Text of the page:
(1840-1926) French painter. He was a pioneer of Impressionism and a lifelong exponent of its ideals; his painting Impression, Sunrise 1872 gave the movement its name. In the 1870s he began painting the same subjects at different times of day to explore the ever-changing effects of light on color and form; the Haystacks and Rouen Cathedral series followed in the 1890s, and from 1899 he painted a series of Water Lilies in the garden of his house at Giverny, Normandy (now a museum).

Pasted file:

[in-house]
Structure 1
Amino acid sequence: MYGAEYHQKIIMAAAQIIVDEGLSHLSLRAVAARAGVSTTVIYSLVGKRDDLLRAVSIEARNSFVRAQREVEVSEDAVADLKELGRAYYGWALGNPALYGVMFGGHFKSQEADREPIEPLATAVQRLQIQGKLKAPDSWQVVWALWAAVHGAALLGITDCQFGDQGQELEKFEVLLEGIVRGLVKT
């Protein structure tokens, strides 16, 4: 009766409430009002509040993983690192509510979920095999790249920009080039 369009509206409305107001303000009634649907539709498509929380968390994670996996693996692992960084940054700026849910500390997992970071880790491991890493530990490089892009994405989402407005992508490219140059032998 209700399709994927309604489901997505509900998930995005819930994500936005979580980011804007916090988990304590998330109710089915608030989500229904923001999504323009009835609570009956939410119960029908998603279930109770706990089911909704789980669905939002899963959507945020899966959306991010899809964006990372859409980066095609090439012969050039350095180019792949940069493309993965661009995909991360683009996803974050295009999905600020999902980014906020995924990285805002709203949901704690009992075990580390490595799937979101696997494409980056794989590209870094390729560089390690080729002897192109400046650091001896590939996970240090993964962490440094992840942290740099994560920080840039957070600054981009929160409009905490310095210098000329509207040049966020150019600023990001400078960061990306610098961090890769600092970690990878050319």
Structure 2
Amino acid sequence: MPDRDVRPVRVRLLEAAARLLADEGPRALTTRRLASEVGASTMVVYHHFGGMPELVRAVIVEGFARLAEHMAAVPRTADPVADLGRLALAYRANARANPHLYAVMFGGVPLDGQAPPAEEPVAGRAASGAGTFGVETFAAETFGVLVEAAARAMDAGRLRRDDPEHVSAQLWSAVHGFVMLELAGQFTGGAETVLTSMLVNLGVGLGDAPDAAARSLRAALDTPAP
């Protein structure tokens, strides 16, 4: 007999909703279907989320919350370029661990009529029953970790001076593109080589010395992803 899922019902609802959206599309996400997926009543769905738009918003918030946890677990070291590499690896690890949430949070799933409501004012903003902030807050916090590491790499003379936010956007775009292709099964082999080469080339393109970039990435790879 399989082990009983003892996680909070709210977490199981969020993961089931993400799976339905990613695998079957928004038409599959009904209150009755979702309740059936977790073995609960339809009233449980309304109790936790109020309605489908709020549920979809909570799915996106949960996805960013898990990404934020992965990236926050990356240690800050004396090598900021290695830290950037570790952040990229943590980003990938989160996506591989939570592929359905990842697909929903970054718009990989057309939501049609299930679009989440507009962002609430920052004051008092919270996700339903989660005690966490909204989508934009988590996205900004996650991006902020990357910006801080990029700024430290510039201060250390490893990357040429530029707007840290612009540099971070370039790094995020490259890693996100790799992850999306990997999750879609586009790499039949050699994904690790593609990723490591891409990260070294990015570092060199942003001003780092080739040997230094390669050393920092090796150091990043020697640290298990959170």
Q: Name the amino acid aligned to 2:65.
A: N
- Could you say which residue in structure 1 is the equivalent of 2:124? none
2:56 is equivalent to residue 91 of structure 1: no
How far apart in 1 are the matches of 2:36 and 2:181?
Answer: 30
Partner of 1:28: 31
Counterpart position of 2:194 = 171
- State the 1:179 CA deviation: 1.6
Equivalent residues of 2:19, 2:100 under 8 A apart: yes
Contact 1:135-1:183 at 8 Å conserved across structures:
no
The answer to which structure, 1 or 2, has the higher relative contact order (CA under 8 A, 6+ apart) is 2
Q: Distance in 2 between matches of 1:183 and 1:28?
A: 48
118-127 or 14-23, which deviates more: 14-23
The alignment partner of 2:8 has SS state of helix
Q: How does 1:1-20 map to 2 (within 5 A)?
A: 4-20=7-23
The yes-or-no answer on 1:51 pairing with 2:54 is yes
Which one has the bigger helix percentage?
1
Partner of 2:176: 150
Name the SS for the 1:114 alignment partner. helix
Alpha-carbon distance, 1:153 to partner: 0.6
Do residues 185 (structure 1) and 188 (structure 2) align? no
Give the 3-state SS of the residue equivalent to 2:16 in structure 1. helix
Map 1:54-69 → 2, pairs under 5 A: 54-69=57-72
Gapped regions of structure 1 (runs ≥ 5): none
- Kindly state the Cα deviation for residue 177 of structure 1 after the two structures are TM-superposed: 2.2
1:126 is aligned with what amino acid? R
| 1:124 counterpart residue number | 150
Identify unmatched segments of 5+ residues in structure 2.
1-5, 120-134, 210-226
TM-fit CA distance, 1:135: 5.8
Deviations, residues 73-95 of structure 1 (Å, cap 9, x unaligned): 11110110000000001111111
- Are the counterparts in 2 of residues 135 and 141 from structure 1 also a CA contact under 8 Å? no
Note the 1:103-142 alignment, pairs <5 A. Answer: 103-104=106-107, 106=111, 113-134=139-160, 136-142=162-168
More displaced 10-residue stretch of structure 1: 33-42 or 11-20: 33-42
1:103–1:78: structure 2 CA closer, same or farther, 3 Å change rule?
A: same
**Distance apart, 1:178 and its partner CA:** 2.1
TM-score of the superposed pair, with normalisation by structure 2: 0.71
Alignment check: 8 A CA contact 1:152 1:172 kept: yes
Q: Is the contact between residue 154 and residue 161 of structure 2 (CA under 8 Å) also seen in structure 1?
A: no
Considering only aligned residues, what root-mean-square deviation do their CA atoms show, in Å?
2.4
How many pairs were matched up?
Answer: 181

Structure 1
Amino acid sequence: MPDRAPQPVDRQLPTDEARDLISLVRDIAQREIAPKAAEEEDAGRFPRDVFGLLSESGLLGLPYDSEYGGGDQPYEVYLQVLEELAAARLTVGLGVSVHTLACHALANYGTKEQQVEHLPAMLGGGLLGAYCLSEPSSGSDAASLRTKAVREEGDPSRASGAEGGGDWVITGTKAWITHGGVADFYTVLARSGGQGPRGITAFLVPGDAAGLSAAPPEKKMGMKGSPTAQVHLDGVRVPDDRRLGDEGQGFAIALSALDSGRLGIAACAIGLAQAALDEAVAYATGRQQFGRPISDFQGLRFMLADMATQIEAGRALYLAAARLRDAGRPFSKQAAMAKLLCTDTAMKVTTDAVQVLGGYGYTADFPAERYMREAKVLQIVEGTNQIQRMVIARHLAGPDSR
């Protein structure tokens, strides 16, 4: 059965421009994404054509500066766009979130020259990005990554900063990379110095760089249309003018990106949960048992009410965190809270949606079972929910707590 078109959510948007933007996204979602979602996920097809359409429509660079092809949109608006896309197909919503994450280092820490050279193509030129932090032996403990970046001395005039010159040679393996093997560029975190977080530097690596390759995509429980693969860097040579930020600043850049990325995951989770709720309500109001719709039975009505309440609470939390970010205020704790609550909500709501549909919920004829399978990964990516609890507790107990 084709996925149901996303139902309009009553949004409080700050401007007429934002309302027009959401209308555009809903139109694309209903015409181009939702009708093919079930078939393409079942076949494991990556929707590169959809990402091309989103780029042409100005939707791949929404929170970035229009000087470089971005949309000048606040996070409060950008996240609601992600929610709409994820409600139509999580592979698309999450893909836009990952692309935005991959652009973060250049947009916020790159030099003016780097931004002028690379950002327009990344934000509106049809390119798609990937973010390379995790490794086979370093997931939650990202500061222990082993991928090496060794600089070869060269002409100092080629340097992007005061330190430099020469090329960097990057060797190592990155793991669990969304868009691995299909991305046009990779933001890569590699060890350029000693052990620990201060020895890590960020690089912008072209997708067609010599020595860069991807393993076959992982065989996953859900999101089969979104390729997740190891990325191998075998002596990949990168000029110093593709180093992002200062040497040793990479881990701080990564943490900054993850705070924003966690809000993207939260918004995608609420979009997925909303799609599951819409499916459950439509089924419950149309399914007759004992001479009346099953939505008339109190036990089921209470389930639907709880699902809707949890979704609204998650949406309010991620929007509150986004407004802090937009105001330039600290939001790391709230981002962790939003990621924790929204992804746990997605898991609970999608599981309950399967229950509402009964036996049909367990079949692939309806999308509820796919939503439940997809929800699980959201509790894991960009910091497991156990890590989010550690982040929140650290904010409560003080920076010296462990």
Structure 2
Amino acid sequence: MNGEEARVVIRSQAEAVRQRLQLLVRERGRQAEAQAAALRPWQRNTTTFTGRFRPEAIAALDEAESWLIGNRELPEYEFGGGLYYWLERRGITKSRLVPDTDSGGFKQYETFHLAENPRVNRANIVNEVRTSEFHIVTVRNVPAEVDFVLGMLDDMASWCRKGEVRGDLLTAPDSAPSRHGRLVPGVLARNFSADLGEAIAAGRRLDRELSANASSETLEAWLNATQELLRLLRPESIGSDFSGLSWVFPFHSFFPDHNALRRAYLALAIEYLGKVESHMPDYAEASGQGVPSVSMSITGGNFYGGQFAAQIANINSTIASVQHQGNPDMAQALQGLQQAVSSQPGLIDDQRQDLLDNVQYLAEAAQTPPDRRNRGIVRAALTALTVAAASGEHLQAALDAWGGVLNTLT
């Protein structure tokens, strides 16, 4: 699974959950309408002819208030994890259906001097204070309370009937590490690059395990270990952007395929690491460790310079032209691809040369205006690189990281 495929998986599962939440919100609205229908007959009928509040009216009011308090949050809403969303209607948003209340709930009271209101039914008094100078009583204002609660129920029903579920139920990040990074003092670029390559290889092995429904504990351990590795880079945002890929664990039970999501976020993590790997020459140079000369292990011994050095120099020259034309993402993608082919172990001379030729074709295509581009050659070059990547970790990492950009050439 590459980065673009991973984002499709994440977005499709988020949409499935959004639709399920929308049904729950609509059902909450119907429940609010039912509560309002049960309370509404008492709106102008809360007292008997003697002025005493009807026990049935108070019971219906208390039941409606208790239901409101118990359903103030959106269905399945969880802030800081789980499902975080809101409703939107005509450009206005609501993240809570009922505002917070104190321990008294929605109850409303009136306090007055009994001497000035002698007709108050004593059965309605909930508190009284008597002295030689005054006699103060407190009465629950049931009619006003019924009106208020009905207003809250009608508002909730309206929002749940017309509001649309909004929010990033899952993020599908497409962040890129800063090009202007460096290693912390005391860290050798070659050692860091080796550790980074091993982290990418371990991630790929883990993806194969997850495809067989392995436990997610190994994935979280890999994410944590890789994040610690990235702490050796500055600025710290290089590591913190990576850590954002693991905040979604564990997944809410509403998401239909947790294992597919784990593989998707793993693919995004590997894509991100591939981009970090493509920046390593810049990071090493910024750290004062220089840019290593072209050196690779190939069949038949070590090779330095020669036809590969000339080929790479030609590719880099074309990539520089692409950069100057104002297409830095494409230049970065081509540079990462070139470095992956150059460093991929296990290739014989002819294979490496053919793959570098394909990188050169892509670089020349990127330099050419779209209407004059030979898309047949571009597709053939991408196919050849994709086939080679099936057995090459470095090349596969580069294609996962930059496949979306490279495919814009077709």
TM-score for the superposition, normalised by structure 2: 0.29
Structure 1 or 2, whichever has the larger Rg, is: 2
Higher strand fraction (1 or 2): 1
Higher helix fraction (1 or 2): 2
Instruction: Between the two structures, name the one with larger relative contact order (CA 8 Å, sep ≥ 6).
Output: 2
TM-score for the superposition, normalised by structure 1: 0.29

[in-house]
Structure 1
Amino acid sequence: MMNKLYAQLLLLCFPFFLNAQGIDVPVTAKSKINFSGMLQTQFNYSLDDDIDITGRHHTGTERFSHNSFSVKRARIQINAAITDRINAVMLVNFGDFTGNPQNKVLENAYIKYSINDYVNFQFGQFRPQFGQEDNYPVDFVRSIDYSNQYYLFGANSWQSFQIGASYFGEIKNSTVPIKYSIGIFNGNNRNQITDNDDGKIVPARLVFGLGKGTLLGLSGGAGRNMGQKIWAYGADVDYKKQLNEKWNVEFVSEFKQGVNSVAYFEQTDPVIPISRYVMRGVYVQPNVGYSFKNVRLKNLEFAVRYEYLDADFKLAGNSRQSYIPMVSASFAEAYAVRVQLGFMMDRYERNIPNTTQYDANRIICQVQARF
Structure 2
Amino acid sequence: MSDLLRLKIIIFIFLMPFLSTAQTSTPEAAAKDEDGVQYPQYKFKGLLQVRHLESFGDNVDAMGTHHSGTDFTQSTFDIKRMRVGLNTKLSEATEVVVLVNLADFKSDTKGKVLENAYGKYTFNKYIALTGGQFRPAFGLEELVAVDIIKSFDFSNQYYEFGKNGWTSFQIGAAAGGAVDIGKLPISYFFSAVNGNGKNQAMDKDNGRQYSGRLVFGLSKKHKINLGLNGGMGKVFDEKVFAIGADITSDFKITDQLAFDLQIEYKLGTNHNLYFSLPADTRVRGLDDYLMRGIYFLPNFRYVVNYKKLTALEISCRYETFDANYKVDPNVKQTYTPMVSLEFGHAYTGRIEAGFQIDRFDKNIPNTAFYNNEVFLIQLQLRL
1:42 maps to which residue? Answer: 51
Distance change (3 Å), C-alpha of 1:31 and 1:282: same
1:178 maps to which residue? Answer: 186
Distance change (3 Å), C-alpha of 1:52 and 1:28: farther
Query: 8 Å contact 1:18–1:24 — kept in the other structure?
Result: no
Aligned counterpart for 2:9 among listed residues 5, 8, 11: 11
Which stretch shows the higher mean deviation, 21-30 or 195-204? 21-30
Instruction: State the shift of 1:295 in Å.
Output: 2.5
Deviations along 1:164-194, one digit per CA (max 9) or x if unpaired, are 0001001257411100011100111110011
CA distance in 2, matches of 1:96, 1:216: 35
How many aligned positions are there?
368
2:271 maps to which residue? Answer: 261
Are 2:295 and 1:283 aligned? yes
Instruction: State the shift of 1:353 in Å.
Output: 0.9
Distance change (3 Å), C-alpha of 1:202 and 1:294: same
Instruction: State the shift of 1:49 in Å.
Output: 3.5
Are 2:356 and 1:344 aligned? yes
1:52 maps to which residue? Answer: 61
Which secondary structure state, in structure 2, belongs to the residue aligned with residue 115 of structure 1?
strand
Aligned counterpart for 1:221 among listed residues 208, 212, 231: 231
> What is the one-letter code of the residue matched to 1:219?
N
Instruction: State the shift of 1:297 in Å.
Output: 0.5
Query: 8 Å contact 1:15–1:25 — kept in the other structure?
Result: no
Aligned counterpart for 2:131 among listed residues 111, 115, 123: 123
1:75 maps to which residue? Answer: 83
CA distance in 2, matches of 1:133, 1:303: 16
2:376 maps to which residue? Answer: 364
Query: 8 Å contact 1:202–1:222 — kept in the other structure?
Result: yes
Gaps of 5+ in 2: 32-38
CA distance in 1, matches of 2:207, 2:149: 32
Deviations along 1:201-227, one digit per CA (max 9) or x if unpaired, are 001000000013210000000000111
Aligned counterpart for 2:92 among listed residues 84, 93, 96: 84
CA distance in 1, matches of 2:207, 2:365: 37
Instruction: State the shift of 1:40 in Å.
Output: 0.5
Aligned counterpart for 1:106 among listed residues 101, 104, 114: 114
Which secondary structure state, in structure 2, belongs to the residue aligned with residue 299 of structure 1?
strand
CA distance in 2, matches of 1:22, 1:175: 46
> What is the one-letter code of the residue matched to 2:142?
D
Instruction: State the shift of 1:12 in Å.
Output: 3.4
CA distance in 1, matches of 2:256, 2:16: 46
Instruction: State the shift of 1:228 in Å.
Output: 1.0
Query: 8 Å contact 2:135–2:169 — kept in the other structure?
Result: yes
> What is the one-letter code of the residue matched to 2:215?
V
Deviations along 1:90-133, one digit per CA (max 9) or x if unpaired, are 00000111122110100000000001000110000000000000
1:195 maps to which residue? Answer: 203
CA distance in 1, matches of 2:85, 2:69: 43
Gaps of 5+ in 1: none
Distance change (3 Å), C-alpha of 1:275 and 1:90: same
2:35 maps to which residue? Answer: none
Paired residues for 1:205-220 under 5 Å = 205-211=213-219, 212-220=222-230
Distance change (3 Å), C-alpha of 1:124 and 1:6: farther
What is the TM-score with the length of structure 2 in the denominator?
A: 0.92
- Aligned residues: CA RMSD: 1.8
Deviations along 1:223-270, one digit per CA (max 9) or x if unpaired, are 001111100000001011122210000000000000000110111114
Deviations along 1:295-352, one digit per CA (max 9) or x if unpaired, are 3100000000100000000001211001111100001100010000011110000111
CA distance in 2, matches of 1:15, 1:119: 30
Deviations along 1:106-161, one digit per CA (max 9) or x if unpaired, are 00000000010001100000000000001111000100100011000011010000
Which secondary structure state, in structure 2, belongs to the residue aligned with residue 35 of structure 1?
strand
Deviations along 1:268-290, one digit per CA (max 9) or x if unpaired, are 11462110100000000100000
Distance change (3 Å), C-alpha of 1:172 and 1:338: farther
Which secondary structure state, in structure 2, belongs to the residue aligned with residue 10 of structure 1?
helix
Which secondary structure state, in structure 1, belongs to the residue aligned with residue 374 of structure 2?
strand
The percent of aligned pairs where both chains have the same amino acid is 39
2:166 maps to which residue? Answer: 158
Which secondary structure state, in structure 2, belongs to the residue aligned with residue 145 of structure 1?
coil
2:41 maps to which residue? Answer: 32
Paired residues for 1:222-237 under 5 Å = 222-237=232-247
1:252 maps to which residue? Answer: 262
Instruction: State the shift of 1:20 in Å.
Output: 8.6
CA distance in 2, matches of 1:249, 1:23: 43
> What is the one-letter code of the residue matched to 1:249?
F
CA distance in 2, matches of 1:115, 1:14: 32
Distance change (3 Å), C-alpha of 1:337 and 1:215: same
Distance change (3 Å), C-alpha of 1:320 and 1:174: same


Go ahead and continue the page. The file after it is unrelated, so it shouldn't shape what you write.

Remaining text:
Monet was born in Paris. In Le Havre in the 1850s he was encouraged to paint by Boudin, and met Jongkind, whose light and airy seascapes made a lasting impact. From 1862 in Paris he shared a studio with Renoir, Sisley, and others, and they showed their work together at the First Impressionist Exhibition 1874. Monet's work from the 1860s onward concentrates on the fleeting effects of light and color, and from the late 1860s he painted in the classic Impressionist manner, juxtaposing brushstrokes of color to create an effect of dappled, glowing light. His first series showed the Gare St Lazare in Paris with its puffing steam engines. Views of the water garden in Giverny gradually developed into large, increasingly abstract color compositions. Between 1900 and 1909 he produced a series of water-lily mural panels for the French state (the Orangerie, Paris).